Theodore Newhouse Dies at 95

Theodore Newhouse Dies at 95

Owner of 26 Newspapers, Cable, Parade Magazine, Conde Nast (Vogue, etc.)

The Theodore Newhouse Publishing Family

NEW YORK (AP) — Theodore Newhouse, an expert in newspaper management and production who helped build one of the world’s largest news organizations, died Saturday after a long illness. He was 95.

Newhouse was associate publisher of the Newhouse newspaper group and with his brothers, Samuel I. and Norman Newhouse, built and operated the family-owned enterprise.

Today, the Newhouse holdings include 26 newspapers in 22 cities; the Conde Nast magazine group; Parade, the Sunday newspaper supplement;

American City Business Journals, a group of business newspapers published in more than 30 major cities in America; and interests in cable television programming and cable systems serving 1 million homes.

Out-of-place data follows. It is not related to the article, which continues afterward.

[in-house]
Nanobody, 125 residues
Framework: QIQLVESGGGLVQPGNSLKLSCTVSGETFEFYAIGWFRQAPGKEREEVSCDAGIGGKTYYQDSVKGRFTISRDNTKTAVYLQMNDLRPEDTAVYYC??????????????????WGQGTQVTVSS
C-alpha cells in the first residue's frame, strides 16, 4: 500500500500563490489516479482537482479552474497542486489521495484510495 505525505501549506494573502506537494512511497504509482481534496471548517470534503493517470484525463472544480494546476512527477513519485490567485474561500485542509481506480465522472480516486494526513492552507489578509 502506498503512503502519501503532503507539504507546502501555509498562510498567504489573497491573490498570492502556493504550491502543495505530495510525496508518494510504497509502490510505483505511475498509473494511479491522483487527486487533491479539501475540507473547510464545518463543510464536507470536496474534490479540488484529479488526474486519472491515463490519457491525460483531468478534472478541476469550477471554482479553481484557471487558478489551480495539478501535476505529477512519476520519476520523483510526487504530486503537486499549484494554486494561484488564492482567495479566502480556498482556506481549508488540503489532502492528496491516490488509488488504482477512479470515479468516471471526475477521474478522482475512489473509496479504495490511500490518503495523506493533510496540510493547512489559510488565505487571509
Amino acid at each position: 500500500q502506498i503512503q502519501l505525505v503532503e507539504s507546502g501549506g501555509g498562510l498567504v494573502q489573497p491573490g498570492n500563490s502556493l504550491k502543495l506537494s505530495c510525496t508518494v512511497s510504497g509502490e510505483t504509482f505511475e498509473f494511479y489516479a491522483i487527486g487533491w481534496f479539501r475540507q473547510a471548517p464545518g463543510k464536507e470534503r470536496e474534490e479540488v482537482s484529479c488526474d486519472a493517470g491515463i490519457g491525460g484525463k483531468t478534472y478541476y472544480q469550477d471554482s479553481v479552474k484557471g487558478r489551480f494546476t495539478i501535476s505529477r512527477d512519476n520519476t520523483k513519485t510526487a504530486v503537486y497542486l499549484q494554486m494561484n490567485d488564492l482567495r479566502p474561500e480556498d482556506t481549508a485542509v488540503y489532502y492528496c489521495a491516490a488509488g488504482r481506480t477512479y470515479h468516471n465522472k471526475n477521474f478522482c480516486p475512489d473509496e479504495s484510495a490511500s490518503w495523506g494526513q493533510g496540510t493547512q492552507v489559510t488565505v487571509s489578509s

The Newhouse brothers helped develop and institute such innovative newspaper management policies as local autonomy for publishers and editors of group-owned newspapers. Samuel I. Newhouse died in 1979, and Norman Newhouse died in 1988.

The company is now run by S.I. Newhouse’s sons, Samuel I. Jr., the chairman, and Donald, the president, who is also chairman of the board of directors of The Associated Press.

Ted Newhouse was business manager for 45 years of the Long Island Press, his home base in the New York City borough of Queens, until the paper shut down in 1977.

He also was the family’s representative on the boards of the National Advertising Bureau and the New York City Publishers’ Association.

Survivors include his wife, Caroline, two granddaughters, Julie Lobel and Amy Bermant Adler; and six great-grandchildren.